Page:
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Davis asks gaming tribes for $1.5 billion

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SACRAMENTO, Calif. - Mired in an economic slump and facing a budget shortfall in the tens of billions of dollars, California Gov. Gray Davis is considering a plan that would expand Indian gaming while tribes would hand over an estimated $1.5 billion into the state coffers.

The $1.5 billion in revenue generated by the tribes could not come in the form of taxation, which is a violation of federal law. The state would have to make a deal in the form of a revenue sharing agreement with the tribes. Tribes already are paying into a specific $95 million fund, in which the dollars are earmarked for specific mitigation projects to offset the burdens on local infrastructure. Though specific payments are on a sliding scale for tribes, larger tribes pay about 7 percent of their net profits into the funds.

As a comparison the states of New York and Connecticut have agreements with each respective state's tribe for approximately 25 percent of their profits. However casinos in Las Vegas, a state where taxes are low, are estimated by various sources to be somewhere around 6 percent of their total take. Reaction from tribes has been largely hostile and some have expressed skepticism that tribal gaming operations could even generate that kind of revenue.

This potential plan comes on the heels of Davis' announcement of across the board cuts in state programs and services after he announced in December that California is facing a $34 and a half million budget shortfall. Republicans in the state legislature are claiming that the budget shortfall is closer to $21 billion and claim the governor is using inflated numbers to justify tax increases. Davis' office says that the numbers used by Republicans are from the state legislative analyst who whittles down the figure of the deficit by cutting programs that are widely assumed will be cut. Meanwhile, Davis spokeswoman Hillary McLean says her boss is using figures that count every state dollar on the table.

No matter what the exact figure is, the state is in need of increased revenue. Though Davis was initially reluctant to raise taxes, McLean reports that the Governor will ask for $8 billion in revenue in the form of higher income taxes for the wealthiest Californians and regressive taxes such as an increase in sales and cigarette taxes.

McLean makes it clear that Gov. Davis has not yet decided whether or not he would lift the current gaming device cap, currently at 2,000 machines in order to strike a deal with the tribes. However, McLean does say that the Governor would have to give the tribes something in return.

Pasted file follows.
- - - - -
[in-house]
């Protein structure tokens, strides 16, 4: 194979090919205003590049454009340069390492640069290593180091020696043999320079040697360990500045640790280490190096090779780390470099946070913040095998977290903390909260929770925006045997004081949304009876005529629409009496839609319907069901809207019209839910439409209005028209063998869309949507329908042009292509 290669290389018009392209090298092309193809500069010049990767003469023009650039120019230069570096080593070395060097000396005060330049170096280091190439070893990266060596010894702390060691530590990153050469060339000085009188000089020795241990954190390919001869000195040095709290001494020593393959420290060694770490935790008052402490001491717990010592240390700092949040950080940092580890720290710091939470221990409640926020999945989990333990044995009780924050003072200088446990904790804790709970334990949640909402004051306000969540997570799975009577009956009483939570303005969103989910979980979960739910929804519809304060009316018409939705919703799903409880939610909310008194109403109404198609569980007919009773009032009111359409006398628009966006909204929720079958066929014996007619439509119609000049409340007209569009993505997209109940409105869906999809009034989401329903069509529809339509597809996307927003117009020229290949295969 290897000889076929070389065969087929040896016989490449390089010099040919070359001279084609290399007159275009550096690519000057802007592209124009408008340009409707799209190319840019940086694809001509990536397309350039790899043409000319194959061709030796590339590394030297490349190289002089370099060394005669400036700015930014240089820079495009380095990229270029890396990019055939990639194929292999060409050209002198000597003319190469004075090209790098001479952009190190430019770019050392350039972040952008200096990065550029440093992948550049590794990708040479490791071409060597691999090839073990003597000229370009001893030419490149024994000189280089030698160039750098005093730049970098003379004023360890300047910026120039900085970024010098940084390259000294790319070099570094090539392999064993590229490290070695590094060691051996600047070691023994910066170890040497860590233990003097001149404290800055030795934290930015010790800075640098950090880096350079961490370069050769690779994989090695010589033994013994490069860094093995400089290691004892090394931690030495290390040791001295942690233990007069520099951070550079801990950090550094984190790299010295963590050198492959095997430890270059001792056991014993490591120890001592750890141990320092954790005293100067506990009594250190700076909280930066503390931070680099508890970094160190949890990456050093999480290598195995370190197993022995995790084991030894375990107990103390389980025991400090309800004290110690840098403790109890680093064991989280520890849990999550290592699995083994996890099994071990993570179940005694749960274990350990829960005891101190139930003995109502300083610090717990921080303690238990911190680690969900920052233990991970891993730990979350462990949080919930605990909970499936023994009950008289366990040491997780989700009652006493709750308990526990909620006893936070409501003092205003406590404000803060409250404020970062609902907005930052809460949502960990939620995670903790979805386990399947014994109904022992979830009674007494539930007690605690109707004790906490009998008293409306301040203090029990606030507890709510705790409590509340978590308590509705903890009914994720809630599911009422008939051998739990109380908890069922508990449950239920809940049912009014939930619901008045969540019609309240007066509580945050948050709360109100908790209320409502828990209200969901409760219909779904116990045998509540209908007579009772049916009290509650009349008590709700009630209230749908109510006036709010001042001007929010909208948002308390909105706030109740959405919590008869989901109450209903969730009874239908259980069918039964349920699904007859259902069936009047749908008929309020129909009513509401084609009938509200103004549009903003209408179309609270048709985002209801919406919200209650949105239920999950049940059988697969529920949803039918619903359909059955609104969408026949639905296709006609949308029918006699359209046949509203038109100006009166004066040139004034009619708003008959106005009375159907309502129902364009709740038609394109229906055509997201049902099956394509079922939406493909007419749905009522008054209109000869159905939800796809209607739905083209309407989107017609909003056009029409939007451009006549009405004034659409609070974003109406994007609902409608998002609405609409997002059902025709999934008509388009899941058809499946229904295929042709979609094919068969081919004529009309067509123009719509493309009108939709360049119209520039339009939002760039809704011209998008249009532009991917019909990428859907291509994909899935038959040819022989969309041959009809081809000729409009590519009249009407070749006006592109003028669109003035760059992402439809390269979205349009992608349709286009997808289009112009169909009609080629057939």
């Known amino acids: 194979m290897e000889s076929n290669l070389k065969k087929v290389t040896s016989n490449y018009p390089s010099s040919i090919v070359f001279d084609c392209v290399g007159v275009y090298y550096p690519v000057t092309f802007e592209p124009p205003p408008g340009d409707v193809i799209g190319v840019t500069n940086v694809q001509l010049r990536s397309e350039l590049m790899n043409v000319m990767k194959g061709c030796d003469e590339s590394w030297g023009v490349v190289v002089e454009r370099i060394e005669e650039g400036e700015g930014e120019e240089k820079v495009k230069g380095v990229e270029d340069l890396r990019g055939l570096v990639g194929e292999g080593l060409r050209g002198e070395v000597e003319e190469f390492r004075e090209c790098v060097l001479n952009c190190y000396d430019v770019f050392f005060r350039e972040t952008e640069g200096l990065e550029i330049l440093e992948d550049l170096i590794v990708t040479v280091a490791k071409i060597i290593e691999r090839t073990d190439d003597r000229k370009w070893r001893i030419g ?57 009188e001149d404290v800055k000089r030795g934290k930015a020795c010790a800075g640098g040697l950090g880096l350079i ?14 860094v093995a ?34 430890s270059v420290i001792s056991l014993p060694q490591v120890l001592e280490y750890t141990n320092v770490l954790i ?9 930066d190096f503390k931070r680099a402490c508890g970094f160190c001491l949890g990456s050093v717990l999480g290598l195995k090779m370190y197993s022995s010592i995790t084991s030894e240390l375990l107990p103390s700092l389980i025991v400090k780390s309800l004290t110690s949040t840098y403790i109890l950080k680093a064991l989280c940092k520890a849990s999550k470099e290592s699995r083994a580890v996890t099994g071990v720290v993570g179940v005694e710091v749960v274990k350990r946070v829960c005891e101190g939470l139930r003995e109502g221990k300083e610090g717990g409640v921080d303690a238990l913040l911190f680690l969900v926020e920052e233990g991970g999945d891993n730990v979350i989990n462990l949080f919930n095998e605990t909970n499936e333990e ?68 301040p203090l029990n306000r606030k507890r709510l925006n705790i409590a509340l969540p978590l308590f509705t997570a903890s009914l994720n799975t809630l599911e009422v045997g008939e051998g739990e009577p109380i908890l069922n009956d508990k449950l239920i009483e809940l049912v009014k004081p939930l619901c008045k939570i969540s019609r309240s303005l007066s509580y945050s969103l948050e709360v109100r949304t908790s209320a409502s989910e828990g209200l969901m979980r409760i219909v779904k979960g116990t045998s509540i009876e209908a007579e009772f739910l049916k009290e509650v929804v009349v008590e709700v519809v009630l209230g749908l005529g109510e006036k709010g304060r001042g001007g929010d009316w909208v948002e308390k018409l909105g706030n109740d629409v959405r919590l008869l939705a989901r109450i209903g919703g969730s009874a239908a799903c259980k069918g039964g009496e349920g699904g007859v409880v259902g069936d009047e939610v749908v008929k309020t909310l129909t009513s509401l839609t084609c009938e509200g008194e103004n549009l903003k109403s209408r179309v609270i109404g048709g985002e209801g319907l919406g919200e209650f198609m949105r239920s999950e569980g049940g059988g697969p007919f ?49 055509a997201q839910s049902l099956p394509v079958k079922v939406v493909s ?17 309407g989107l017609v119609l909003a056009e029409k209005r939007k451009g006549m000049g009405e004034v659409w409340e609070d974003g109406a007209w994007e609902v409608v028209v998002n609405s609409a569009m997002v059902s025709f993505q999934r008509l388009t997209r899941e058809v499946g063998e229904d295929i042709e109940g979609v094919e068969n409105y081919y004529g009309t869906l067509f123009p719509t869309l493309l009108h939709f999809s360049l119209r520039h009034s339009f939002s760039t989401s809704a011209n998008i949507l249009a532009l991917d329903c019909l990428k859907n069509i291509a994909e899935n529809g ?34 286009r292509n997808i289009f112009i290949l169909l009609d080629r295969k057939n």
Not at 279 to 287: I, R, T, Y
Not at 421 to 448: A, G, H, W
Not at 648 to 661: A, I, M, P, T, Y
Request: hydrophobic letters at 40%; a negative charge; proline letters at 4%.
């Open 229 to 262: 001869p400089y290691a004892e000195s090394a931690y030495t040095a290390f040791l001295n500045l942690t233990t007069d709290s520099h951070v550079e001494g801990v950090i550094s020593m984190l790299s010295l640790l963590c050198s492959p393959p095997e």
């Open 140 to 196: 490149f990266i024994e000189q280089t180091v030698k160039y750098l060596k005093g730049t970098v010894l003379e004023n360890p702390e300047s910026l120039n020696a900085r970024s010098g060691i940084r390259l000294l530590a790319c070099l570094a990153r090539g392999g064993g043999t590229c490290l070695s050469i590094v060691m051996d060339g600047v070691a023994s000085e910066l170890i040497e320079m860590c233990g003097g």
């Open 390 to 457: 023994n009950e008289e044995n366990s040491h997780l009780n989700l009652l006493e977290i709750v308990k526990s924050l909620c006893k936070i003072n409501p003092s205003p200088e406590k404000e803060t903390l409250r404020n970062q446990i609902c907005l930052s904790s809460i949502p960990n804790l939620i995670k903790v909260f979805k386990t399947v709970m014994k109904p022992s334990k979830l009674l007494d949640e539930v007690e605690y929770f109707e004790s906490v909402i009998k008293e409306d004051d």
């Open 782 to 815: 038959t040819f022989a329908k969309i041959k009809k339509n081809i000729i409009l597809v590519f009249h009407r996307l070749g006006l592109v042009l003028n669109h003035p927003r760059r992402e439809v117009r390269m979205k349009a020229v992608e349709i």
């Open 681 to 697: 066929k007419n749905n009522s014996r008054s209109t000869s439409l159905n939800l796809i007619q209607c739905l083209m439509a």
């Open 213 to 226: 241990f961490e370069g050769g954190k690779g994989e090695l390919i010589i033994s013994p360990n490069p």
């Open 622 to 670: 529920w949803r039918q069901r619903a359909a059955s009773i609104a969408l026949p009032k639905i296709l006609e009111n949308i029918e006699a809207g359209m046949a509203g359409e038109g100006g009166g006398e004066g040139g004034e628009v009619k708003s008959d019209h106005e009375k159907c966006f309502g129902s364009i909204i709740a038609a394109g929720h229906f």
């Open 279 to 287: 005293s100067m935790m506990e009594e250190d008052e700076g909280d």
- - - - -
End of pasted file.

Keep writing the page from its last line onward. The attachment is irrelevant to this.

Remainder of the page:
"Though the Gov. Davis has not said he would agree to this (lifting the cap) he would, as in any negotiation, have to give the tribes something in return," said McLean. Perhaps one sign of the reluctance on the part of gaming tribes to fork over a larger piece of their earnings is typified by San Pascual chairman Allen Lawson who has often been a minority voice among tribal leaders in giving concessions to the state.

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However, this time Lawson is upset with the governor's proposal and claims that giving in to his demands would be an infringement on tribal sovereignty. "We didn't create this problem, I mean this budget deficit, so why would we have to bail them out," said Lawson. When questioned about the revenue sharing plans in Connecticut and New York, Lawson counters that those are entirely different sovereign entities. "This is not Connecticut or New York, those sovereign governments made their own agreements with their states. We don't feel that they have to be our models."

Another problem that Lawson has with the Davis plan is that the $1.5 billion would amount to approximately half of all tribal gaming profits, estimated by both state and tribal gaming officials as nearly $3 billion total. Lawson questions the right of the state to take in a full half of all of these earnings, and wonders what other business would willingly submit to such a proposal.

Mary Ann Andreas, vice-chairwoman of the California Nations Indian Gaming Association, a Sacramento-based lobbying group claims tribes already pay enough and is disturbed by press reports that she feels are portraying tribal leaders as greedy. Andreas points to the $151 million already paid out by tribes, including the $95 million mitigation fund with the remainder being a revenue sharing fund for non-gaming tribes and those with only small operations.

"This doesn't even include the millions that tribes give away in charity, I mean were already paying our fair share," said Andreas. Numerous press reports also quoted Davis, in a speech to the Sacramento Press Club, as saying that he believes that sovereignty is a "two way street," and that tribal businesses must "share in the burdens as well."

However, it remains to be seen if California tribes would be willing to pay up. The key seems to be in the compact re-negotiations, the first in what is supposed to be periodic re-negotiations of the original state tribal compacts signed in 2000 after the passage of Proposition 1A.

Tribes will likely have to wait until the negotiations open up sometime in the coming months. Gov. Davis has only recently appointed a negotiation team that includes former California state Supreme Court Justice Cruz Reynoso and will meet with the California Attorney General's office in mid February to set a date for the compact re-negotiations.

McLean believes that the re-negotiations will most likely take place sometime in the early spring.